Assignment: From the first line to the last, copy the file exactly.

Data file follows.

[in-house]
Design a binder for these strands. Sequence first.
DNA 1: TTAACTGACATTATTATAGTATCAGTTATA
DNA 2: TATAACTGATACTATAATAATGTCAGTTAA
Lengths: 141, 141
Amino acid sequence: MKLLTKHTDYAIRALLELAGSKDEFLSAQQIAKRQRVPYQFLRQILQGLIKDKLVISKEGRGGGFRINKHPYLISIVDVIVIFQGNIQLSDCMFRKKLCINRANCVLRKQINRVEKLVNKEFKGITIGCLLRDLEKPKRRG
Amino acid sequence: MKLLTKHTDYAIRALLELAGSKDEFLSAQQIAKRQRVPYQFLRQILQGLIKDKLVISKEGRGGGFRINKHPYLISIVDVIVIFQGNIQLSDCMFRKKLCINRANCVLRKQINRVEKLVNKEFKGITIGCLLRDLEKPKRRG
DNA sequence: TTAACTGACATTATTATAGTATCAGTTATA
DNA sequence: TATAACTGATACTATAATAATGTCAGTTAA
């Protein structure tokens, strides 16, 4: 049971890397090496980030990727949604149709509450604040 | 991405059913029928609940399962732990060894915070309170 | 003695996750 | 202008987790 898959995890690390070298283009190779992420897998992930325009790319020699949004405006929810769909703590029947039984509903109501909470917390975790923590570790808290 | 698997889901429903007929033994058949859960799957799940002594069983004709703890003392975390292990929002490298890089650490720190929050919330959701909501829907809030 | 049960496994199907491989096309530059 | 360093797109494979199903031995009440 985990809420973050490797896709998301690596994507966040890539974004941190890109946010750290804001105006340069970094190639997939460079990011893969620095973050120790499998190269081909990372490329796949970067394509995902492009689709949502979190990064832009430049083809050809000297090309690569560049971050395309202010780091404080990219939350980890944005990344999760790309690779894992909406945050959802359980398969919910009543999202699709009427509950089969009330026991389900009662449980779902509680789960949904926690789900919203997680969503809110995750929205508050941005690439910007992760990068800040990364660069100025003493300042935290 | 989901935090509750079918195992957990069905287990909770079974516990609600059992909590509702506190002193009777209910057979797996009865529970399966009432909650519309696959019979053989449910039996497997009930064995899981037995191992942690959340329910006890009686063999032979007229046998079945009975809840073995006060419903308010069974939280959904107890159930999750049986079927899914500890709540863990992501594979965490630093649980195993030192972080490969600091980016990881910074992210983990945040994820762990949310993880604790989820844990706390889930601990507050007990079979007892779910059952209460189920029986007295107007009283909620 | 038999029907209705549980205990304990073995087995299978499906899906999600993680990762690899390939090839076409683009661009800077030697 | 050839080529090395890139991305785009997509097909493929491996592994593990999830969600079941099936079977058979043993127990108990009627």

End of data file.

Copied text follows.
[in-house]
Design a binder for these strands. Sequence first.
DNA 1: TTAACTGACATTATTATAGTATCAGTTATA
DNA 2: TATAACTGATACTATAATAATGTCAGTTAA
Lengths: 141, 141
Amino acid sequence: MKLLTKHTDYAIRALLELAGSKDEFLSAQQIAKRQRVPYQFLRQILQGLIKDKLVISKEGRGGGFRINKHPYLISIVDVIVIFQGNIQLSDCMFRKKLCINRANCVLRKQINRVEKLVNKEFKGITIGCLLRDLEKPKRRG
Amino acid sequence: MKLLTKHTDYAIRALLELAGSKDEFLSAQQIAKRQRVPYQFLRQILQGLIKDKLVISKEGRGGGFRINKHPYLISIVDVIVIFQGNIQLSDCMFRKKLCINRANCVLRKQINRVEKLVNKEFKGITIGCLLRDLEKPKRRG
DNA sequence: TTAACTGACATTATTATAGTATCAGTTATA
DNA sequence: TATAACTGATACTATAATAATGTCAGTTAA
């Protein structure tokens, strides 16, 4: 049971890397090496980030990727949604149709509450604040 | 991405059913029928609940399962732990060894915070309170 | 003695996750 | 202008987790 898959995890690390070298283009190779992420897998992930325009790319020699949004405006929810769909703590029947039984509903109501909470917390975790923590570790808290 | 698997889901429903007929033994058949859960799957799940002594069983004709703890003392975390292990929002490298890089650490720190929050919330959701909501829907809030 | 049960496994199907491989096309530059 | 360093797109494979199903031995009440 985990809420973050490797896709998301690596994507966040890539974004941190890109946010750290804001105006340069970094190639997939460079990011893969620095973050120790499998190269081909990372490329796949970067394509995902492009689709949502979190990064832009430049083809050809000297090309690569560049971050395309202010780091404080990219939350980890944005990344999760790309690779894992909406945050959802359980398969919910009543999202699709009427509950089969009330026991389900009662449980779902509680789960949904926690789900919203997680969503809110995750929205508050941005690439910007992760990068800040990364660069100025003493300042935290 | 989901935090509750079918195992957990069905287990909770079974516990609600059992909590509702506190002193009777209910057979797996009865529970399966009432909650519309696959019979053989449910039996497997009930064995899981037995191992942690959340329910006890009686063999032979007229046998079945009975809840073995006060419903308010069974939280959904107890159930999750049986079927899914500890709540863990992501594979965490630093649980195993030192972080490969600091980016990881910074992210983990945040994820762990949310993880604790989820844990706390889930601990507050007990079979007892779910059952209460189920029986007295107007009283909620 | 038999029907209705549980205990304990073995087995299978499906899906999600993680990762690899390939090839076409683009661009800077030697 | 050839080529090395890139991305785009997509097909493929491996592994593990999830969600079941099936079977058979043993127990108990009627």